4 DESCRIPTION DEBIT CREDIT Amortization Accumulated Amort To record amortization of Start-up Costs $5000 over 60 mo. DESCRIPTION DEBIT CREDIT Amortization Accumulated Amort To record amortization of Organizational Exp. of $3,000 over 60 mo. DESCRIPTION DEBIT CREDIT Amortization Accumulated Amort To record amortization of Intangible Assets of $22,000 over 180 mo. There are certain Acquisition Costs such as, the cost of issuing or selling stocks or securities, including commissions, professional fees and printing costs, plus the cost of transferring assets to a corporation, and the cost of marketing interest in a partnership, that cannot be amortized. These costs are capitalized and add to the basis of the business and are only recovered when the business is sold or disposed of. It is not likely that you will ever encounter these types of costs when buying or starting a small business. TIP: Internal Controls You read about this in every newspaper in every town in the entire country: Some bookkeeper, trusted by the owner of a small business, embezzles thousands of dollars. If the theft doesn t put owner out of business, it certainly causes a major headache. The reason we hear of these cases so often is that, in a small business, there may only be the owner and a bookkeeper. The owner doesn t like doing the books, doesn t understand them, and relies on this one person to take care of things. The bookkeeper, who is usually having personal financial difficulties, Copyright 2008 John W. Day 4

5 takes a small amount of money intending to pay it back. No one seems to notice, so more is taken. Over a period of time, it starts to mount up to a lot of money. This is where the concept of internal control comes in. Essentially, any business, regardless of size, should have an internal control system in place to protect against losses, both intentional and unintentional. This is because internal control systems will: 1) protect cash and other assets; 2) promote efficiency in processing transactions; and,3) ensure reliability of financial records. Most internal control systems are based on the principle of separation of duties. Separating duties makes it more difficult for theft and errors to go undetected. It is highly unusual for two employees to collude in an effort to steal from the company. I worked as an internal auditor for a newspaper chain for three years. My job was to walk in to the newspaper offices unannounced and go directly to the cash boxes, count them, and verify receipts. One of my most important audit steps was to make sure the internal control procedures were in place and working properly. Here are a few suggestions for internal controls: - Allow only specific designated individuals to handle cash. - Give responsibility for bookkeeping to an individual who does not handle cash. - Use numbered receipts to document all payments. - Make all bank deposits promptly. - The person who prepares the bank reconciliation should be different than the one handling cash. - If possible, the person who makes the bank deposit should be different than the one who handles the cash and the one who prepares the bank reconciliation. - Make deposits intact with no amounts withdrawn to pay expenses. - Keep cash and checkbook in a locked drawer or cash register. - Since tills will never be 100% correct all the time, establish a tolerance level for overages and shortages to determine the point at which corrective measures will be triggered. - Make all disbursements by check, except minimal amounts paid from petty cash. - Make certain every payment is related to a paper document, such as a voucher, to ensure that a paper trail exists for all disbursements. - Conduct random surprise counts of petty cash and cash drawers. - Count inventory and other assets frequently and compare with company books. An internal control system set up early as a preventative measure is more efficient than establishing a corrective system in reaction to a loss. If there is just Copyright 2008 John W. Day 5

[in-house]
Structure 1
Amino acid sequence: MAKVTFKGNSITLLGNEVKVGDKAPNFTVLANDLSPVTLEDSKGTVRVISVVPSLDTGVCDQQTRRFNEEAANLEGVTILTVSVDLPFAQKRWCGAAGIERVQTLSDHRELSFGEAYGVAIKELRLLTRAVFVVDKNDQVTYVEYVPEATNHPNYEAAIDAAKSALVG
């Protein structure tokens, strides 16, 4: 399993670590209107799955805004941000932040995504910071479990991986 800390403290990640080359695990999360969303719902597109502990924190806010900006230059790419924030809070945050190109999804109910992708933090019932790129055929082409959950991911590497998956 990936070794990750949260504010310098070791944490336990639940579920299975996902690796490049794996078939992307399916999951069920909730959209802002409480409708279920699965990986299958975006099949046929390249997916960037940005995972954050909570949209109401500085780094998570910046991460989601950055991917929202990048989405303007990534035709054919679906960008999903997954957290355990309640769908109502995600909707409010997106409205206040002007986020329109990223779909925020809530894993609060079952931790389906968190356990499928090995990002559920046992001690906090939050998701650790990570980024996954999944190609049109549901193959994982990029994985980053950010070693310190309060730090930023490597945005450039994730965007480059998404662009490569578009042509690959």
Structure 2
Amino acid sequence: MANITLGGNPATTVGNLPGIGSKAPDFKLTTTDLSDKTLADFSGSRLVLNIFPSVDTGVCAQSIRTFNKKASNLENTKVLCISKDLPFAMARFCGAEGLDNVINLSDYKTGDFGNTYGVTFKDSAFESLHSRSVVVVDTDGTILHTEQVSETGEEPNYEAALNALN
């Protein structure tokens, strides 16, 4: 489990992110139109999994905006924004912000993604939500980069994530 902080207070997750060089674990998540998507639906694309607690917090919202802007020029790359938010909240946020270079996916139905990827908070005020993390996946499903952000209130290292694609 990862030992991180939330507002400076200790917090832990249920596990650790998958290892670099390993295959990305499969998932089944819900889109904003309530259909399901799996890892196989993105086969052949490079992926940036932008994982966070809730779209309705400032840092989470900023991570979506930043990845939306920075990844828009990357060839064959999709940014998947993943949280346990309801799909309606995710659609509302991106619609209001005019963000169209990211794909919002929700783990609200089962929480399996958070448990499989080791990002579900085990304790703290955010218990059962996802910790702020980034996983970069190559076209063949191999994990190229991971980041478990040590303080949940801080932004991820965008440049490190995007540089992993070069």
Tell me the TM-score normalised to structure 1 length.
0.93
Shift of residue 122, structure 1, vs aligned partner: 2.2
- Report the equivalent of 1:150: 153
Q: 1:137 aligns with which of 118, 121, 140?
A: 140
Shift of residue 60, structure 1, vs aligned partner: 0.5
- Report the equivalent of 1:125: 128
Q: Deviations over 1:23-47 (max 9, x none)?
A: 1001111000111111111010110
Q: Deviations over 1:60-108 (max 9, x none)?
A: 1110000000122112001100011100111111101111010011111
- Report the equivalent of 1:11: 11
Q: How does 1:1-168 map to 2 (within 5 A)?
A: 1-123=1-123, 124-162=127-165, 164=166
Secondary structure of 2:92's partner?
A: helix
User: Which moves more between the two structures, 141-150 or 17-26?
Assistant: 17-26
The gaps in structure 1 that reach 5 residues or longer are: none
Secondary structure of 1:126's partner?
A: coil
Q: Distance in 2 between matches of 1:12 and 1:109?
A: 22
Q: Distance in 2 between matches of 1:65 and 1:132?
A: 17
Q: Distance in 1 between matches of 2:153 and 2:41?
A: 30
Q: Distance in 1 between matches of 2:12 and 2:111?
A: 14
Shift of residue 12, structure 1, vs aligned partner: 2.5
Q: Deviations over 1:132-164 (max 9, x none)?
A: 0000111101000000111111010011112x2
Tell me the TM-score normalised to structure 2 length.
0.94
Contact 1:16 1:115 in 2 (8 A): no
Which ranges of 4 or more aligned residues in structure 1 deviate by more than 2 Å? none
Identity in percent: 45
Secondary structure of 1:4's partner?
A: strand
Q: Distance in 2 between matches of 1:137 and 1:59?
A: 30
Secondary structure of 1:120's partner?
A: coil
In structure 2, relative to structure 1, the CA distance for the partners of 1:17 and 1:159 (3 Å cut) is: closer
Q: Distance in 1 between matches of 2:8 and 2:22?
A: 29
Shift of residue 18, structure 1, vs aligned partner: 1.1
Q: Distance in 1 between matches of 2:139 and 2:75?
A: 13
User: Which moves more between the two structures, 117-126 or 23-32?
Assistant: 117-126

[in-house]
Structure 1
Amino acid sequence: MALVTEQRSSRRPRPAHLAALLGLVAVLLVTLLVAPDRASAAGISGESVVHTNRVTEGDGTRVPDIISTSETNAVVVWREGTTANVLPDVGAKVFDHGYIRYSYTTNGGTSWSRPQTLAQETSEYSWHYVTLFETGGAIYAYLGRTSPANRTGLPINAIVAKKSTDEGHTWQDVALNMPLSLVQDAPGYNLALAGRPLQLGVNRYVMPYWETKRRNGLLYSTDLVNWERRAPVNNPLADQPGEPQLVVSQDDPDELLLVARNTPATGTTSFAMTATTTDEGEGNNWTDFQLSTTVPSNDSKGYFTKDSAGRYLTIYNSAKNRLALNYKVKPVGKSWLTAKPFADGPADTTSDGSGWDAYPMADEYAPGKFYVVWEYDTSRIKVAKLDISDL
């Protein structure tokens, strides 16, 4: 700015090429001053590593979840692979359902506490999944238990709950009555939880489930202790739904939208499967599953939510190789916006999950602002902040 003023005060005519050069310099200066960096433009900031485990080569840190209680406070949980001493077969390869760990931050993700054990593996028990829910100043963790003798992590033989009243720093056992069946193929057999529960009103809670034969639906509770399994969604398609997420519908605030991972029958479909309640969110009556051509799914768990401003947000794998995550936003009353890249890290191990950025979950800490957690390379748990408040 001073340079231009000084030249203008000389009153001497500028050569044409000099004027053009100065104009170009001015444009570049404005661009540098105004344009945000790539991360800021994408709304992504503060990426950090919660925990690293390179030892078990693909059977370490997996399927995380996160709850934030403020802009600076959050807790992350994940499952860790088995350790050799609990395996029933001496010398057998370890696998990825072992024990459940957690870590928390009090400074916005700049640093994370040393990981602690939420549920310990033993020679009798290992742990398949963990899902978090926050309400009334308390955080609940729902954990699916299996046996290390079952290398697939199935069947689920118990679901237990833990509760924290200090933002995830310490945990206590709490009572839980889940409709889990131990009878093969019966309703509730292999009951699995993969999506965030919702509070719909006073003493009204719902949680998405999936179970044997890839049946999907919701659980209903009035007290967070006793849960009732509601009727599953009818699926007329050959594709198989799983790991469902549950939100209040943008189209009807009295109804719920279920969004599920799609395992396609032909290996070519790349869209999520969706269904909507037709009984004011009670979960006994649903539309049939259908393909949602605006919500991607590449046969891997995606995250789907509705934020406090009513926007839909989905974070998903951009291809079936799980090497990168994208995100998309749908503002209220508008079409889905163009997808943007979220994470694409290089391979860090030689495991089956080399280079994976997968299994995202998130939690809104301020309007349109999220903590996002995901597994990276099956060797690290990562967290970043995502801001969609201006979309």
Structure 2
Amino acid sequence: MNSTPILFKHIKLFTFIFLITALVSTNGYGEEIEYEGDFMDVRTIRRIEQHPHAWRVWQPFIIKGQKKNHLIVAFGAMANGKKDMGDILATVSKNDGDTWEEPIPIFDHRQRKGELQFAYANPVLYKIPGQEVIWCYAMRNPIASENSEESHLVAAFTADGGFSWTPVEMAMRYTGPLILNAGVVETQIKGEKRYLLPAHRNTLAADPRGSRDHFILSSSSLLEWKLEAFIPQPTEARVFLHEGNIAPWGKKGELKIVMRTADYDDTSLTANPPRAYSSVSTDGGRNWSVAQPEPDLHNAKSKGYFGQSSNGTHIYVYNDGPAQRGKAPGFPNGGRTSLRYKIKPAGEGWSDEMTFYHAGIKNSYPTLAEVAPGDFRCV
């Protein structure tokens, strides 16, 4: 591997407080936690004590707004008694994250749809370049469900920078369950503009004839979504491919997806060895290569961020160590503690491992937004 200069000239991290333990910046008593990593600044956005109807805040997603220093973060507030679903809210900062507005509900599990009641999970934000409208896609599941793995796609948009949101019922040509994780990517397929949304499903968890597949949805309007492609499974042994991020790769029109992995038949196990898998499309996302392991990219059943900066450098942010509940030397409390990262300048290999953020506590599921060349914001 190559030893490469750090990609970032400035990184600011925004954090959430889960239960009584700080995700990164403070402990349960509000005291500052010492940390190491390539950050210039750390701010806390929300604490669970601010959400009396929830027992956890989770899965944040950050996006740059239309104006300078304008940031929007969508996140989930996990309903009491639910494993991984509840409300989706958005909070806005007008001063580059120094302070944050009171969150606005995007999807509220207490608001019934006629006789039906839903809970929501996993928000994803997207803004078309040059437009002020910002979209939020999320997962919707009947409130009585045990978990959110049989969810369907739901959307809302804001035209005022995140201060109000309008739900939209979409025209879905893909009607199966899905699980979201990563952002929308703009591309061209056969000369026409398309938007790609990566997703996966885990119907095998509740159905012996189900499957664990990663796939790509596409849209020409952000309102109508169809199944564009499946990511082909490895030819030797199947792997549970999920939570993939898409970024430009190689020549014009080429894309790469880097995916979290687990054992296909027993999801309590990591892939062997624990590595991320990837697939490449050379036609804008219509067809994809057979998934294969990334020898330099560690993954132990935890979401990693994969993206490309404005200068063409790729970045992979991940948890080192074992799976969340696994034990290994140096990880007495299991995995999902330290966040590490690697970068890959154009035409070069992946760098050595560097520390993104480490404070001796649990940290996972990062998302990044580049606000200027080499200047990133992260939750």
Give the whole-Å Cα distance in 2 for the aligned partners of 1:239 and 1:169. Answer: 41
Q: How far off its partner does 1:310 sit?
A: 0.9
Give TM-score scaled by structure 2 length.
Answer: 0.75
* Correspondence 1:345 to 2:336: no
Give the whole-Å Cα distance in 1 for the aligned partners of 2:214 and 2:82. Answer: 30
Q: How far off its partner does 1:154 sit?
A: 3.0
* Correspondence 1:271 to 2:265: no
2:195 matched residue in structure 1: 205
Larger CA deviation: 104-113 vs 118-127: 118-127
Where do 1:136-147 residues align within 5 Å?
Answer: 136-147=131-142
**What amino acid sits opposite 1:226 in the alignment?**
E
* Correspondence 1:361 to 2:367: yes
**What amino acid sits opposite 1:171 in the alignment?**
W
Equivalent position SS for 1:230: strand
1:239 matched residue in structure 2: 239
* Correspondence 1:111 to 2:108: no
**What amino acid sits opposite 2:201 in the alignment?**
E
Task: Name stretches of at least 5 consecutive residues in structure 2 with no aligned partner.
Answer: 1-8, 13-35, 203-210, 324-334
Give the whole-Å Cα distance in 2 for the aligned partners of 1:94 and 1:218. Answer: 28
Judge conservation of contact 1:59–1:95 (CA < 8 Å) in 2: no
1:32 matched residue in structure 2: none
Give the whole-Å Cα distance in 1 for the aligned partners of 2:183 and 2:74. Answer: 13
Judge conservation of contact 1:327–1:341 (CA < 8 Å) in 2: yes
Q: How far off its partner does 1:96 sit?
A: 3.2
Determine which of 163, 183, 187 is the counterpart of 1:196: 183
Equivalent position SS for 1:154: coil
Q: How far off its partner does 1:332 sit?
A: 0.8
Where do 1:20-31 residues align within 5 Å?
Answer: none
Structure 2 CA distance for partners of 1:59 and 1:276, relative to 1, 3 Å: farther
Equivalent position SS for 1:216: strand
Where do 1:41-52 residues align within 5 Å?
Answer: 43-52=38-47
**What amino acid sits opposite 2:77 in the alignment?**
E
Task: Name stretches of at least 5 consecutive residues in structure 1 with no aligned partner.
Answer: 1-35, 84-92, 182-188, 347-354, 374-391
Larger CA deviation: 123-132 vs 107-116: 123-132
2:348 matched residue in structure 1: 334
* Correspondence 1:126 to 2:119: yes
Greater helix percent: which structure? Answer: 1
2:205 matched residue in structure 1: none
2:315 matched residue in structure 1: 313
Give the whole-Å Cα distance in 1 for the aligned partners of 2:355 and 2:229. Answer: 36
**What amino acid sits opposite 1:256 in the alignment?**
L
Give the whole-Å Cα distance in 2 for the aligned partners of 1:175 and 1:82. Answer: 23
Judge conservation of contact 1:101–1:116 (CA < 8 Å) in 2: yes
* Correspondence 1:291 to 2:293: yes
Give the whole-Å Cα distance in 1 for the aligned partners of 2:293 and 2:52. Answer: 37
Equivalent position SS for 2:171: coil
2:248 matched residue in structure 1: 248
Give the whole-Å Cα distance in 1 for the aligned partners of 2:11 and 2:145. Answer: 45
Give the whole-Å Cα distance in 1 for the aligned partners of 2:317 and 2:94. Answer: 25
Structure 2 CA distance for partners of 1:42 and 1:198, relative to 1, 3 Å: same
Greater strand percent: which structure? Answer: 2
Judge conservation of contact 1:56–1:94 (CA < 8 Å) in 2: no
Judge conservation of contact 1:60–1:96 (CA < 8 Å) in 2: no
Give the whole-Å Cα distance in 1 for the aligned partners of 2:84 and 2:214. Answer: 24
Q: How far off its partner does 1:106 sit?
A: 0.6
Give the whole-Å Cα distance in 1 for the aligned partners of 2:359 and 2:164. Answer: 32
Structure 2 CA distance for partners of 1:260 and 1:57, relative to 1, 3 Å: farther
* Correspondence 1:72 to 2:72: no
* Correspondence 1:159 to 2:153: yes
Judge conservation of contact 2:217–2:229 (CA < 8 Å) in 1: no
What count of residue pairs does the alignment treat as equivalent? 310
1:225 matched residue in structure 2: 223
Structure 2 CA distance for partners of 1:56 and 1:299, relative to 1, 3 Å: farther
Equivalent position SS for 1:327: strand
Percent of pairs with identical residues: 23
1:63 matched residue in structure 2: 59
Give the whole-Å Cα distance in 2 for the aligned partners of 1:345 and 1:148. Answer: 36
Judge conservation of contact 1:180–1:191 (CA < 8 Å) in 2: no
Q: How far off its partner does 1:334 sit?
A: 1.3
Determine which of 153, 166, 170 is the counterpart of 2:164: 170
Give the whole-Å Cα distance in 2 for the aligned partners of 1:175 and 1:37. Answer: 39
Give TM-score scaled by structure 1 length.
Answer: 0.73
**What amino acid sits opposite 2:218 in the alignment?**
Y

6 you and the bookkeeper, you need to learn how to do some of the bookkeeping tasks so you can spot check the bookkeeper s work. That, in itself, is an excellent preventative measure. John W. Day, MBA is the author of two courses in accounting basics: Real Life Accounting for Non- Accountants (20-hr online) and The HEART of Accounting (4-hr PDF). Visit his website at to download his FREE e-book pertaining to small business accounting and his monthly newsletter on accounting issues. Ask John questions directly on his Accounting for Non- Accountants blog. Copyright 2008 John W. Day 6